Like many before him, the mayor of New York is often in the spotlight. And, as CBS News Correspondent Rita Braver reports, what it illuminates is subject to interpretation. This special column for CBS.com is updated each week for the CBS News Sunday Morning site on CBS.com. An archive of The Braver Line is available.
Everyone in New York has an opinion about everything, so it's no surprise that everyone in the city has something to say about Mayor Rudy Giuliani. "He made this city great again." "He's turning New York City into Singapore." "I voted for him, but it was a mistake." "I feel safe walking around because of him." And on and on and on. The contradictions seem to get at both the spirit of New York and the essence of Rudolph Giuliani.
He is all energy and angles and New York style in-your-face. There is nothing soft and cuddly about this man.
I first met him in Washington during the Reagan years, when he held the number three post at the U.S. Department of Justice. He was one of the first federal officials to start talking about the increasing drug problem that would sweep the nation. I covered him when he became U.S. Attorney for the Southern District of New York, and listened as his rhetoric sometimes got ahead of his cases. And I watched with a combination of awe and amusement as he transformed himself from prosecutor to politician and swept into the New York mayor's job.
These days it's hard to read about Giuliani without learning that he's in a fight - over moving Yankee stadium, over cracking down on dog walkers, over anything that Governor Pataki says.
This week, in the aftermath of the Littleton, Colorado shootings, he's in trouble for using a bad metaphor for calling for the restructuring of New York's schools. The system should be "blown up," he commented, and then dismissed any criticism about his use of that term. But perhaps the biggest fight of all is over his refusal to condemn the shooting by New York City Police of Amadou Diallo, an unarmed African immigrant. Many New Yorkers understand that the officers could have mistaken Diallo for a rape suspect in the area. What they are having trouble with is the fact that the cops pumped 41 bullets into Diallo. There have been protests and marches.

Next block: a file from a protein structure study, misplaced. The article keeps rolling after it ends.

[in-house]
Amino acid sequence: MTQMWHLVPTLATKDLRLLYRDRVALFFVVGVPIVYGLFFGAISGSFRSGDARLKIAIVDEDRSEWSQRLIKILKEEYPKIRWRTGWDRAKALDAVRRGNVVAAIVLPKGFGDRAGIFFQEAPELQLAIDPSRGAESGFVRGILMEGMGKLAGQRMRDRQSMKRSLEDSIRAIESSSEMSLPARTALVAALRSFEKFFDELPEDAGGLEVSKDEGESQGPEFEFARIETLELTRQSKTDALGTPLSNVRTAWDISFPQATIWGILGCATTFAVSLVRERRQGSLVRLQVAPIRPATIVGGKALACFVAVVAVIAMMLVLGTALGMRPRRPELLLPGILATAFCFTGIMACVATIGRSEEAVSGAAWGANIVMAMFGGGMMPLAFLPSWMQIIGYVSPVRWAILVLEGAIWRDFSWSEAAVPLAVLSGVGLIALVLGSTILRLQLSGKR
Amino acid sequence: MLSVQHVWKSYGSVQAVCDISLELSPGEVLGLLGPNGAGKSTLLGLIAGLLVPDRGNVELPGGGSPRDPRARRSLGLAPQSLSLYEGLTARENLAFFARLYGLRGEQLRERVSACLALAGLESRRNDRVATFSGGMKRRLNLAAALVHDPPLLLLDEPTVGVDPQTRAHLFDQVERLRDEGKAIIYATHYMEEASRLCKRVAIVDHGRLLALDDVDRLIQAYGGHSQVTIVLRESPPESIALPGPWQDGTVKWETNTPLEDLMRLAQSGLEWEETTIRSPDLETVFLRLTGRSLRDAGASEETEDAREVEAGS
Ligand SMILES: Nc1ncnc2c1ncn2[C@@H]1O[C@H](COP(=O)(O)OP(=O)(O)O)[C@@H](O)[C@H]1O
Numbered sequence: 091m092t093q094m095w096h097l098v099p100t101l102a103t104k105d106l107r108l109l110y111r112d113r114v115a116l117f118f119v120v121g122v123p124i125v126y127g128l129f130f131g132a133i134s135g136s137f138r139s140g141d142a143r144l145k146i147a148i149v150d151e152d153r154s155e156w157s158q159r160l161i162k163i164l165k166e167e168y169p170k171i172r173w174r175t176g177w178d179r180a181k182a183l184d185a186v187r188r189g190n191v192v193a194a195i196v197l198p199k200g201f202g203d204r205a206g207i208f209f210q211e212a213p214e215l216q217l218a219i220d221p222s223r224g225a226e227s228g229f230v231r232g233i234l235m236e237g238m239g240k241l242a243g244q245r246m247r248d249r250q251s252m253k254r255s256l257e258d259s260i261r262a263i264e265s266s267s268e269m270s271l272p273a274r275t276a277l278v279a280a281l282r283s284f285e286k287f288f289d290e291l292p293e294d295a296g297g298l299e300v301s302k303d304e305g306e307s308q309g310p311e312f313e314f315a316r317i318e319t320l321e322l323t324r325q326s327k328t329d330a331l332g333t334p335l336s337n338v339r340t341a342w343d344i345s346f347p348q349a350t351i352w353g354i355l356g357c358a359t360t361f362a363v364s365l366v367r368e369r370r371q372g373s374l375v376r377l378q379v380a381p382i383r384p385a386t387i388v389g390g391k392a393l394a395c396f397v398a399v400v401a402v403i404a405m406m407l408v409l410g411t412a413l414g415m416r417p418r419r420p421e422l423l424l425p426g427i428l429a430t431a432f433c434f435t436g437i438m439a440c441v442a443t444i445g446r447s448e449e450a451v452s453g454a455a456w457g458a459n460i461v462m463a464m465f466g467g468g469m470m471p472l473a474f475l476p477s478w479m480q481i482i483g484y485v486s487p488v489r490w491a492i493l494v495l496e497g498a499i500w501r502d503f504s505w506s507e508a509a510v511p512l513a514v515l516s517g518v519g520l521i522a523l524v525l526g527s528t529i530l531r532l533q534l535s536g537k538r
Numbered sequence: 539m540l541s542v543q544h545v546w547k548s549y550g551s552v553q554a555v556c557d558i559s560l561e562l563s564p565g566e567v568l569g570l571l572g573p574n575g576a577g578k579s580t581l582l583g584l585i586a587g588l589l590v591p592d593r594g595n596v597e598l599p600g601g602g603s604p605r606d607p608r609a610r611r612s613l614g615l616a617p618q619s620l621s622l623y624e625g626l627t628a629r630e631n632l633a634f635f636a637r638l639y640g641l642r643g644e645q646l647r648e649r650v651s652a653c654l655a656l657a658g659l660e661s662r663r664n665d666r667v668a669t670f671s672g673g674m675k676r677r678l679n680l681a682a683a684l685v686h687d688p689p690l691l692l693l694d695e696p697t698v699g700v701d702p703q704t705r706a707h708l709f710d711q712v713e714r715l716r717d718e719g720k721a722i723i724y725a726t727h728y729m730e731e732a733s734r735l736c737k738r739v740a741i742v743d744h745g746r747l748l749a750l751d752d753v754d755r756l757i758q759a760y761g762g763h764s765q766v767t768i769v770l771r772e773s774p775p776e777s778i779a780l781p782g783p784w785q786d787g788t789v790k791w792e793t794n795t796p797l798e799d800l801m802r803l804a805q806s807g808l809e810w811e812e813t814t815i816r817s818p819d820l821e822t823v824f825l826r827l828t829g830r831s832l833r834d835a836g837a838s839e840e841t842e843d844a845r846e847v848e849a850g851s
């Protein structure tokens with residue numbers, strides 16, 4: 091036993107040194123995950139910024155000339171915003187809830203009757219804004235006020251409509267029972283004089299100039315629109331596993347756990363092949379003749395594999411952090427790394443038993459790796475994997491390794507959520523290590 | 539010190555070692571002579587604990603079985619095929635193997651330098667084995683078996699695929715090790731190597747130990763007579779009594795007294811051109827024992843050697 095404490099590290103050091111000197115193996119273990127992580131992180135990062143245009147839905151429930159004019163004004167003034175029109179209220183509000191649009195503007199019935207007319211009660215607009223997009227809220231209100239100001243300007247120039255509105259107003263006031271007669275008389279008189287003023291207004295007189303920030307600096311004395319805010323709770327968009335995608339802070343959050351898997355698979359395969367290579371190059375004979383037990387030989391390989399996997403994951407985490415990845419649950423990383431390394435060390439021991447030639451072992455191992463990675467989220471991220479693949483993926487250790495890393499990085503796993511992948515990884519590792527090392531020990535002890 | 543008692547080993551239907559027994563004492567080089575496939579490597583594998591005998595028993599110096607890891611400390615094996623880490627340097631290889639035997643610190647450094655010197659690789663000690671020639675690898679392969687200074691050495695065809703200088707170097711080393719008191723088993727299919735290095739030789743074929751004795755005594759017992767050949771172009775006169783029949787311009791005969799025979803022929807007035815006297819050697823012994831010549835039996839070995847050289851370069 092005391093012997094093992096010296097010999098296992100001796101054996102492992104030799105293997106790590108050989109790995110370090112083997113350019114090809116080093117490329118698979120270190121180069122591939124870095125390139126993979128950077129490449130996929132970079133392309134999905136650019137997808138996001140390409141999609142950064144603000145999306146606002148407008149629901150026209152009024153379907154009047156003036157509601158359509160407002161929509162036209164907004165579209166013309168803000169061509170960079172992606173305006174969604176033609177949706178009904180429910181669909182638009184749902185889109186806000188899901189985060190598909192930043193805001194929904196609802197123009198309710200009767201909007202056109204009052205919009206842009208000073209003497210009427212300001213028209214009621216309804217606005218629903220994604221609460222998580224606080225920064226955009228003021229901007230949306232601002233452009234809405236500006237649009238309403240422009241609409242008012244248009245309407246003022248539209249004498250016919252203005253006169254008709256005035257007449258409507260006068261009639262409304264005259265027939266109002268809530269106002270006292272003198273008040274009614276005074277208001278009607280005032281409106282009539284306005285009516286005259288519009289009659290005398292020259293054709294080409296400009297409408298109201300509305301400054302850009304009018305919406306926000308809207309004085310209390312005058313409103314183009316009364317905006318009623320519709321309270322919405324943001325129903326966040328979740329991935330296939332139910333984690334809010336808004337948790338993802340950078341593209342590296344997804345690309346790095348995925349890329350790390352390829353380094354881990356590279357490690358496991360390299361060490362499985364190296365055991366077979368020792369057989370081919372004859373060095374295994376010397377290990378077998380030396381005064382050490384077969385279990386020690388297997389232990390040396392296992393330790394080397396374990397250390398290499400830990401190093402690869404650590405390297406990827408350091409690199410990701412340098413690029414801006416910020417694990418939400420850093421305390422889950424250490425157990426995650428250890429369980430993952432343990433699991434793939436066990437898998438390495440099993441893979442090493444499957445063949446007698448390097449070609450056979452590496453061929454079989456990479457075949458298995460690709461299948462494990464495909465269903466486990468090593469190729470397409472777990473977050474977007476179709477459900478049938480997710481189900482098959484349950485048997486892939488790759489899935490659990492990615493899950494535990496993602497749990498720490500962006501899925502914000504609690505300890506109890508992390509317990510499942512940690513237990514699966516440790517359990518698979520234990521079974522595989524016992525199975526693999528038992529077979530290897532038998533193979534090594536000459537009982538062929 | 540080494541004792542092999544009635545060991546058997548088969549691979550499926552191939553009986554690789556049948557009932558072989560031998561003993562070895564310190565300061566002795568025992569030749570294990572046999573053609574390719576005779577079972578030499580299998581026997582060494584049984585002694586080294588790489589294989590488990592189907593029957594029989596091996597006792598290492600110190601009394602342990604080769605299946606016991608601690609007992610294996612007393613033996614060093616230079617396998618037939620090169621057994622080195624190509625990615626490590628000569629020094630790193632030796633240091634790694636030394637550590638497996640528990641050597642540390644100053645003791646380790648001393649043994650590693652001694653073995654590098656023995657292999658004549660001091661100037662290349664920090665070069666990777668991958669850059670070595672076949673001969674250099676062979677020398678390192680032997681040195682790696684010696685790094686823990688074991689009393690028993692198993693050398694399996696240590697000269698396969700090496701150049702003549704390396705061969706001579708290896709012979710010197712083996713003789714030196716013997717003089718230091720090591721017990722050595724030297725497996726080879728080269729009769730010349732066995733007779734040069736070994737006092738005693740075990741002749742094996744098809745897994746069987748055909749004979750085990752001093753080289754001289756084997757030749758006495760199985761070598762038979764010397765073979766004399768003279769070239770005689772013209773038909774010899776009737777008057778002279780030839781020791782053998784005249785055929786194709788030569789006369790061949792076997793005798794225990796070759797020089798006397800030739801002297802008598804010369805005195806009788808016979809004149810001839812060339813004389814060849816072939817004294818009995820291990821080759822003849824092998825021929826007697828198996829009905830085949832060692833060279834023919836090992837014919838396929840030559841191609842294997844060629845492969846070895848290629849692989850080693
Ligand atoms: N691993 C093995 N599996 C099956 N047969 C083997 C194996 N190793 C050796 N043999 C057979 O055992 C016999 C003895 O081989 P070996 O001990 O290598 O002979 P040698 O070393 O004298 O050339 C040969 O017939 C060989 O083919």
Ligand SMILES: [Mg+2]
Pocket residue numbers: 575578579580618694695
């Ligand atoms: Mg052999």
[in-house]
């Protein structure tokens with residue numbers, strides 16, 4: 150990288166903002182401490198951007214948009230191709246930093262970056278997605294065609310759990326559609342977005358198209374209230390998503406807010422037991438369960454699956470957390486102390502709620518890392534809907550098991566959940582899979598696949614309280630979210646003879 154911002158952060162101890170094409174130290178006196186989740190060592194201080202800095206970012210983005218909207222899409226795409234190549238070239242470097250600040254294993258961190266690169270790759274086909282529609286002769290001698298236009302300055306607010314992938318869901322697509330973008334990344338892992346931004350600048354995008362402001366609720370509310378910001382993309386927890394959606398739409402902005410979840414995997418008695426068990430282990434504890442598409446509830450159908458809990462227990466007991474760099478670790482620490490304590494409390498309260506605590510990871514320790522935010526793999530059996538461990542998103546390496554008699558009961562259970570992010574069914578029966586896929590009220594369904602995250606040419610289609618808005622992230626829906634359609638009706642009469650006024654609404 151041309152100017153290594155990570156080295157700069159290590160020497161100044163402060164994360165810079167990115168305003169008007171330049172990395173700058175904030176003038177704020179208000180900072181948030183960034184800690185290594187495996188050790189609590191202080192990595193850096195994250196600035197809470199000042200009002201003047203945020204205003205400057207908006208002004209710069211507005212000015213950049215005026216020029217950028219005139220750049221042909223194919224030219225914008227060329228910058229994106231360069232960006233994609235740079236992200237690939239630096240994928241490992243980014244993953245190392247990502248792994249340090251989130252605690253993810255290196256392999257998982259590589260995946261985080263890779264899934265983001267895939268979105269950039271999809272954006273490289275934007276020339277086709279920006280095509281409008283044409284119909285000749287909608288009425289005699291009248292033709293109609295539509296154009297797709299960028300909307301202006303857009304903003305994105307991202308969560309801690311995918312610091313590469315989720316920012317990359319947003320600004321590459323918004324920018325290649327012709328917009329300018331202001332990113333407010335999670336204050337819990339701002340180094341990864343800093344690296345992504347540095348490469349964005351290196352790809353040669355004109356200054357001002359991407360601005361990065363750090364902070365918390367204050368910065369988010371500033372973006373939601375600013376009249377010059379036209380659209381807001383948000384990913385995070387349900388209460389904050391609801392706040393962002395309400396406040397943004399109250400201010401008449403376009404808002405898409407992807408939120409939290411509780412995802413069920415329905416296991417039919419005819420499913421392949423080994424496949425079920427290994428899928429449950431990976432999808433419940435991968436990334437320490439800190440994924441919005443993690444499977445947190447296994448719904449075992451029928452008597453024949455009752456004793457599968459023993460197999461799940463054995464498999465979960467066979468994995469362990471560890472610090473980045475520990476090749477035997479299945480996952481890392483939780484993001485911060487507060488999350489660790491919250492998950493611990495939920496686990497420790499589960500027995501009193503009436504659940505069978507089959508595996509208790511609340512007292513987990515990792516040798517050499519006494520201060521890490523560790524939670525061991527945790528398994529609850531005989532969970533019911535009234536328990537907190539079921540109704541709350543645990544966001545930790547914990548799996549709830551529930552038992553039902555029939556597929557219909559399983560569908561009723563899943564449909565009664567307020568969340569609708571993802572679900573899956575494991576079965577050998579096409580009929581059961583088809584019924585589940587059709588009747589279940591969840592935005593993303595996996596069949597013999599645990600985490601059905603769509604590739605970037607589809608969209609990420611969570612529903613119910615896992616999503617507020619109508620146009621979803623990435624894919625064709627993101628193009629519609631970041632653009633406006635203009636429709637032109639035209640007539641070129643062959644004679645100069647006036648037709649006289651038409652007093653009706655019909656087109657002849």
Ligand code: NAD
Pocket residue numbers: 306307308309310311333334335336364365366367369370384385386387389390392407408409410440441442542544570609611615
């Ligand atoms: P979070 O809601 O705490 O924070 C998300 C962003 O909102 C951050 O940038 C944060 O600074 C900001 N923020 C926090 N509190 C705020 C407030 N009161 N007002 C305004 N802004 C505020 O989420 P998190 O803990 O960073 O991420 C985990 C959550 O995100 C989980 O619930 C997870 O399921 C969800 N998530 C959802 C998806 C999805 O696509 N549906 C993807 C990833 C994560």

In an interview this week, the mayor called the death a "tragedy" but insisted that all the questions being raised about whether he has been insensitive to concerns of minority groups are part of "a real attempt to politicize this. And a real attempt of people to try to pander." Giuliani says that trying to be fair sometimes "makes me unpopular. But you know, I don't really care. My ultimate job as the mayor of New York City is to do what I think was the right thing to do." Giuliani also says that "the use of gun is down 62 percent since I've been mayor."
But New York columnist Jimmy Breslin, a constant Giuliani critic, insists that Giuliani was "elected on color fear," and that he has created an atmosphere of "take your best shot against the blacks."
Whether that is true or not, the Diallo shooting has crystallized opposition here, because it comes after another incident in which police allegedly beat a black man senseless, and after a controversial police shutdown of a black youth rally.
Now some political pundits are saying that being under attack may help Giuliani politically. They say that if he runs for the Senate, especially against First Lady Hillary Rodham Clinton, white suburban and rural "upstate voters" may see his battles with the minority community as a badge of honor. How Giuliani handles the issue will say a lot, not only about what kind of a politician he is, but also about what kind of a man.
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